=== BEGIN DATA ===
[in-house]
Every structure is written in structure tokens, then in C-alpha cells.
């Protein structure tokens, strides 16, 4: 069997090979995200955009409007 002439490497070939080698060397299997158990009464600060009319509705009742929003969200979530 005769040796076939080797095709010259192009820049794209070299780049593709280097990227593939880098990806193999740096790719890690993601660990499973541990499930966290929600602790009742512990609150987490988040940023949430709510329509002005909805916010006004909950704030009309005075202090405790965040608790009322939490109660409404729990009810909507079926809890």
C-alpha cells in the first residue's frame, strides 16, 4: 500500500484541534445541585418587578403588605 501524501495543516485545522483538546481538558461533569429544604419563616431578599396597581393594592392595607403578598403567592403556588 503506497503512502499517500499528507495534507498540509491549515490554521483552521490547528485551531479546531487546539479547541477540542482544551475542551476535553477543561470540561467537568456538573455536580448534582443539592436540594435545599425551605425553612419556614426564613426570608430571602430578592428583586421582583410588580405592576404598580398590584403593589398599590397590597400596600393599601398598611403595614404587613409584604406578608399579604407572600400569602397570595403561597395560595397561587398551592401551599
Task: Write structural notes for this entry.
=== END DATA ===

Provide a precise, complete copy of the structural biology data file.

[in-house]
Every structure is written in structure tokens, then in C-alpha cells.
């Protein structure tokens, strides 16, 4: 069997090979995200955009409007 002439490497070939080698060397299997158990009464600060009319509705009742929003969200979530 005769040796076939080797095709010259192009820049794209070299780049593709280097990227593939880098990806193999740096790719890690993601660990499973541990499930966290929600602790009742512990609150987490988040940023949430709510329509002005909805916010006004909950704030009309005075202090405790965040608790009322939490109660409404729990009810909507079926809890």
C-alpha cells in the first residue's frame, strides 16, 4: 500500500484541534445541585418587578403588605 501524501495543516485545522483538546481538558461533569429544604419563616431578599396597581393594592392595607403578598403567592403556588 503506497503512502499517500499528507495534507498540509491549515490554521483552521490547528485551531479546531487546539479547541477540542482544551475542551476535553477543561470540561467537568456538573455536580448534582443539592436540594435545599425551605425553612419556614426564613426570608430571602430578592428583586421582583410588580405592576404598580398590584403593589398599590397590597400596600393599601398598611403595614404587613409584604406578608399579604407572600400569602397570595403561597395560595397561587398551592401551599
Task: Write structural notes for this entry.